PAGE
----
We are on the 3rd and last part of our Black Leaders of Tacoma blog series!
If you haven’t done so yet, please go back to read Part 1 and Part 2 to gain a brief history of Black History Month. Plus, hear from our first two interviewees, T’wina Nobles who was recently sworn in as the 28th District Senator of Washington State and, Umi Wagoner, one of Tacoma’s streetwear and cultural pioneers.
In this last interview, we ask Tacoma’s very own Deputy Mayor Keith Blocker what his thoughts are on Black History Month.
Our third and final interviewee, Keith Blocker, Deputy Mayor of Tacoma, has been District 3’s seat of the Tacoma Community Council since 2015 and has been working with great effort to create meaningful change in Tacoma. His continued efforts, consistency, and dedication to his craft and commitment to the Tacoma community is remarkable.
Below we peer into his thoughts on Black History month as he shares who his favorite Black Leaders are as well as some of his dreams, aspirations, and guidance that has helped him along his path.
Question 1: Does this month mean anything to you? If so, what type of inspiration do you draw from this month? If not, why?
Answer: Black history and black history month means a great deal to me. I learned about black leaders at home from my parents, but I always appreciated the intentional focus on black history and black leaders in school. To me, black history is American history and to this day it’s one of the topics I read about the most. Having a good understanding of how history has shaped the realities that black people experienced in the past helps me deal with and strategize how to handle situations in the present.
Question 2: Which black leaders do you especially look up to and draw inspiration from at the national and international level?
Answer: I have a great deal of appreciation for leaders like Frederick Douglass, Booker T. Washington, Ida B. Wells, Dr. King, and Malcom X. They all fought for equal rights and fought against systemic oppression. I also appreciate leaders like Madam C.J. Walker and A.G. Gaston. These two were black entrepreneurs and pioneers in the business industry and demonstrated black people’s ability to achieve economic success.
Question 3: Who are some prominent black leaders in Tacoma that you support and vibe with? Why? This can be people you know personally or support from a far.
Answer: Victoria Woodards, Marilyn Strickland and Lyle Quasim. I appreciate their commitment to service. They all lead in different and unique ways and they understand how important it is to create space and opportunity for others to lead.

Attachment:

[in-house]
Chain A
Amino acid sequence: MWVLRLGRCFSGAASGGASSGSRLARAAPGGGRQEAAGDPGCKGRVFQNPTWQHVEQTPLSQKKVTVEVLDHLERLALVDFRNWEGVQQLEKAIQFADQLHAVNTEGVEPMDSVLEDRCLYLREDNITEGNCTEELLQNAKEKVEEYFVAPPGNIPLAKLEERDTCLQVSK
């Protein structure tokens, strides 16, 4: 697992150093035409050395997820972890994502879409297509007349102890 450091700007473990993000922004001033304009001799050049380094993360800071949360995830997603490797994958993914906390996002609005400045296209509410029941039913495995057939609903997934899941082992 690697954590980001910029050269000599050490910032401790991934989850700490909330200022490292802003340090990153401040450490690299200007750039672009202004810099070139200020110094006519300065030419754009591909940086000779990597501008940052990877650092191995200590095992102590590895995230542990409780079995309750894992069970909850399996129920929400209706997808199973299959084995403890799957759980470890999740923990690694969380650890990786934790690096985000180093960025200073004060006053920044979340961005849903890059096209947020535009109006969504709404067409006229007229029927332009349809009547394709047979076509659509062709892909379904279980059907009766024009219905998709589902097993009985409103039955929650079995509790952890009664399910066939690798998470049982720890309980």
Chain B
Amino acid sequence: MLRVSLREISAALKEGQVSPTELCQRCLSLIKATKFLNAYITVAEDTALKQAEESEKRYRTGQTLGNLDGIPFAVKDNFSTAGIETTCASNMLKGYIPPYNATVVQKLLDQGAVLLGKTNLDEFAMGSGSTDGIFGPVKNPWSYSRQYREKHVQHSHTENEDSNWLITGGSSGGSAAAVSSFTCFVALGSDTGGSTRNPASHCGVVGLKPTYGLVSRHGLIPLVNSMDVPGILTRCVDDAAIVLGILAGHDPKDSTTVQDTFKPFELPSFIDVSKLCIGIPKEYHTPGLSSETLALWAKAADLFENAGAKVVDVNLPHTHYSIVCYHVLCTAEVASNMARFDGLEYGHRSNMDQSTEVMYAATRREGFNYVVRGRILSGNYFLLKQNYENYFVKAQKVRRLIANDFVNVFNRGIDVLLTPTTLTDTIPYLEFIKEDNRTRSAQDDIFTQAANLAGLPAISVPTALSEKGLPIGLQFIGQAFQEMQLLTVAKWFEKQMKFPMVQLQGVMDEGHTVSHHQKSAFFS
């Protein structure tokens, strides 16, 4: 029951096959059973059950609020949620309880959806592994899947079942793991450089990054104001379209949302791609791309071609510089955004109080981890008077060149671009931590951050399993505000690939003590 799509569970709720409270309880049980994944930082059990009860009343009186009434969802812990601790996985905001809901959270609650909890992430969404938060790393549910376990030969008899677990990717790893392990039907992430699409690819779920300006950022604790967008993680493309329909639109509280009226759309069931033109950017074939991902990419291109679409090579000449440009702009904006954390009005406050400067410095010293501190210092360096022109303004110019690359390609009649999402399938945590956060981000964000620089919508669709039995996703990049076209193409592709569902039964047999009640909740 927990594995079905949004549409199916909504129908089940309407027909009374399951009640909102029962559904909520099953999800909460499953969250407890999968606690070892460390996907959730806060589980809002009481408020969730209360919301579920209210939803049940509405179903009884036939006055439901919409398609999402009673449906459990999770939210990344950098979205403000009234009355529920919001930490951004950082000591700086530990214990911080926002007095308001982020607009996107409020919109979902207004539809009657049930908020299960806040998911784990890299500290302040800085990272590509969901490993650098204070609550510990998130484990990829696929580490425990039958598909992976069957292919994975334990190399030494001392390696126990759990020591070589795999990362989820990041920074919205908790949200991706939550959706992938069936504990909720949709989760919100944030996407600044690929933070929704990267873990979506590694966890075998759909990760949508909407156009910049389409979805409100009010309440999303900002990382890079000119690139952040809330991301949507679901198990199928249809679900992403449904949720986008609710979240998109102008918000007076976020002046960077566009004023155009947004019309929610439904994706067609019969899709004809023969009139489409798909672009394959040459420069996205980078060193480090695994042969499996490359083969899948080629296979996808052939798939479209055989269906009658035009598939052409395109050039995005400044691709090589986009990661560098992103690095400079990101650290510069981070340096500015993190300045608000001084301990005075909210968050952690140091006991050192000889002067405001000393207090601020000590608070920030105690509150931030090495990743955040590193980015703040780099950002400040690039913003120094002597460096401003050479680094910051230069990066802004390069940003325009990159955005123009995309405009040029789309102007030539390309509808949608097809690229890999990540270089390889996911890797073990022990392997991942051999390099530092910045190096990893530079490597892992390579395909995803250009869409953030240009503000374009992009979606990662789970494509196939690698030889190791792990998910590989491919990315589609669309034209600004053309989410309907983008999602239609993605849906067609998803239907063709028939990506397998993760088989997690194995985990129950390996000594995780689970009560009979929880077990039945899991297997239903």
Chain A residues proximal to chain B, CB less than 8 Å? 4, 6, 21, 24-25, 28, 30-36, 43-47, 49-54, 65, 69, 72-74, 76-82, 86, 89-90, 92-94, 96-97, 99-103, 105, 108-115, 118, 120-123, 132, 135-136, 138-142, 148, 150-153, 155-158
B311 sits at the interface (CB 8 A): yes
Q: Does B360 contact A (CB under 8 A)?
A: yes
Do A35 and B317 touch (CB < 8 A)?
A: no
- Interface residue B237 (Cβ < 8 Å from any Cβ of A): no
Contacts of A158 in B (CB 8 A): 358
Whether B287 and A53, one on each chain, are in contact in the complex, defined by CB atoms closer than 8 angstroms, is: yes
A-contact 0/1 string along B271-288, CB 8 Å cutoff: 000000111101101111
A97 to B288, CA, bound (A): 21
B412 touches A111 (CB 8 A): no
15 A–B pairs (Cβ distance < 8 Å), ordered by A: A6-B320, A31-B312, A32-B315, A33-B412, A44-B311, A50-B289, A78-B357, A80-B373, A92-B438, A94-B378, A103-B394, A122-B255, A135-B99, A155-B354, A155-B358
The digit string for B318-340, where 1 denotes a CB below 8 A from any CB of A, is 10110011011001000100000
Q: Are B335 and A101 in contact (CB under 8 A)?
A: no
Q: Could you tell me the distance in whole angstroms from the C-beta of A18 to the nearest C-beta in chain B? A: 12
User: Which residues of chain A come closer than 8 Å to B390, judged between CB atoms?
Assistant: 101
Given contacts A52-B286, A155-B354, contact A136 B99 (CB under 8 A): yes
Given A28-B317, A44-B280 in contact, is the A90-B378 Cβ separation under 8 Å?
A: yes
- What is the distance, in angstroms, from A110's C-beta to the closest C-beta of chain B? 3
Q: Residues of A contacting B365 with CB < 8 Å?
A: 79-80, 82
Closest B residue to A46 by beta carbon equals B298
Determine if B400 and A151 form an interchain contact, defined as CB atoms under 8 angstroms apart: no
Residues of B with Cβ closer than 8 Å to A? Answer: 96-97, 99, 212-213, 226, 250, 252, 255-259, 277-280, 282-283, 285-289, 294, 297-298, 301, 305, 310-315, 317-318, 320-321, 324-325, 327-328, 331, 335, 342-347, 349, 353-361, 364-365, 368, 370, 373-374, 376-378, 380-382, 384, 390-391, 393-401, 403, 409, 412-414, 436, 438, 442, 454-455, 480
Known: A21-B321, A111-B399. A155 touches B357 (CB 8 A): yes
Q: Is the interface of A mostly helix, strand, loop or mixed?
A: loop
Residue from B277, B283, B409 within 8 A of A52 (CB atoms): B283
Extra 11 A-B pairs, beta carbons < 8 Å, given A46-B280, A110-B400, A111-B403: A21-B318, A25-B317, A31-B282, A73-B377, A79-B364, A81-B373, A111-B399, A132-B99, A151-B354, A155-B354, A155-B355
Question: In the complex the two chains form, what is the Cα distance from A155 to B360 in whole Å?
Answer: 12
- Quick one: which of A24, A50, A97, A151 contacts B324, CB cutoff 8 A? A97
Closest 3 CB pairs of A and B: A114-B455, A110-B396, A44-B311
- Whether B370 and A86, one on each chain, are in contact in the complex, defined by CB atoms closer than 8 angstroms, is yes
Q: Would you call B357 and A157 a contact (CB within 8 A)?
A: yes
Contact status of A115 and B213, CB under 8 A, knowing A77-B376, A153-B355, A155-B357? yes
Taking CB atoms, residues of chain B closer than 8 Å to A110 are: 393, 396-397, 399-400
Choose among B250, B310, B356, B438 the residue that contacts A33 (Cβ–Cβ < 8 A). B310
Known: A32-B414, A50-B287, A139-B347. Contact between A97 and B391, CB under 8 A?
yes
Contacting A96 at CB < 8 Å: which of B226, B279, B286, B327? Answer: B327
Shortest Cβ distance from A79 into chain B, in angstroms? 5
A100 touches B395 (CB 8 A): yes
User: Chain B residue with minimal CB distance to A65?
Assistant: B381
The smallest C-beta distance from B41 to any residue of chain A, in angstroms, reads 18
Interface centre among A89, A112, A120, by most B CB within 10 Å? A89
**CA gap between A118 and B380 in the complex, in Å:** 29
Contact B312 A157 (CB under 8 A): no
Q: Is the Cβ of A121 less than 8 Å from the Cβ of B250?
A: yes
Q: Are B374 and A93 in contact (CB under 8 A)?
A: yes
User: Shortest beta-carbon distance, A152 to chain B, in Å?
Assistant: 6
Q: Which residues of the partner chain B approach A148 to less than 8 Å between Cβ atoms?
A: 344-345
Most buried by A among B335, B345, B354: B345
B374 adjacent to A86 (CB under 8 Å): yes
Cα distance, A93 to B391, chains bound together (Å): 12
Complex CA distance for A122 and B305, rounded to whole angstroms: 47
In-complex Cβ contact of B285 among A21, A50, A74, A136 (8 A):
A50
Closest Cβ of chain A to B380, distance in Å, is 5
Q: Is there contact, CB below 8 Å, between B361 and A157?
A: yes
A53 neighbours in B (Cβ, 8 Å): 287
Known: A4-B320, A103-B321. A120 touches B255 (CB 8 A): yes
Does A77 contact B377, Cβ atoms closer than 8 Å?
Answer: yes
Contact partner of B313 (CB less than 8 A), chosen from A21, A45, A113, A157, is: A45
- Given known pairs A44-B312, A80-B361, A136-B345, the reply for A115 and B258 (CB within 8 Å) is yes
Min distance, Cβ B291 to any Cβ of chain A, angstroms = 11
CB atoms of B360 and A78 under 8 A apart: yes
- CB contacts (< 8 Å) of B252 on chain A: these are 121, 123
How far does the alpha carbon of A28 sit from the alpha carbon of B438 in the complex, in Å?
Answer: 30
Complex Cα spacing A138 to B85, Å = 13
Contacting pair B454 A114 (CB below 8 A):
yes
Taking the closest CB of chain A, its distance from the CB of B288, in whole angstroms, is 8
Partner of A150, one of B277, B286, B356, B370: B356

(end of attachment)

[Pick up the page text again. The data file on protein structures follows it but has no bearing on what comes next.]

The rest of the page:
Question 4: What were some struggles you faced along your path? Struggles that you both anticipated and haven’t anticipated.
Answer: I would call this more of a challenge than a struggle: serving people with competing interests. Finding the balance of satisfying the irritated without irritating the satisfied. I struggle with norms, traditions, and systems that work for some but not all and the resistance to change those systems that continue to benefit some at the expense of others.
Question 5: What do you think is your purpose? What plans do you have in place to fulfill it? Any sort of personal testimonial that can be utilized as advice and guidance to the reader is solid here.
Answer: Everyday my goal is to be a better version of myself. My purpose is to use my knowledge, resources, and gifts to improve the quality of my life as well as the quality of life of the people I interact with.
Deputy Mayor Blocker calls attention to the urgency and importance of understanding our past, to understand the implications it has now and in the future. His path illustrates how developing and sharing our individual gifts with the world is vital to improving individual and community life in the present and preparing our future generations for success.
Consistency towards an equitable future
These 3 community leaders are an absolute inspiration to say the least. They have all gone through their fair share of trials and tribulations and yet still manage to break barriers on the daily. The common theme they have laid out is that purpose and consistency is vital to making meaningful change.
This year we’ve teamed up with Noble Farms to aid in Tacoma Urban League’s mission. We will be gifting a portion of February Noble sales to the Tacoma Urban League. We will also be teaming up with the President of Urban League, T’wina Nobles, and Noble Farms to present a cannabis careers presentation in an effort to provide education and transparency to our local urban communities who are interested in a cannabis career. If you’re a part of the Tacoma Urban Community and would like to attend, please reach out to the Tacoma Urban League for more information!
We hope that you all continue to carry on your Black History studies beyond the month of February as Black History is a vital part of American History and World History at large!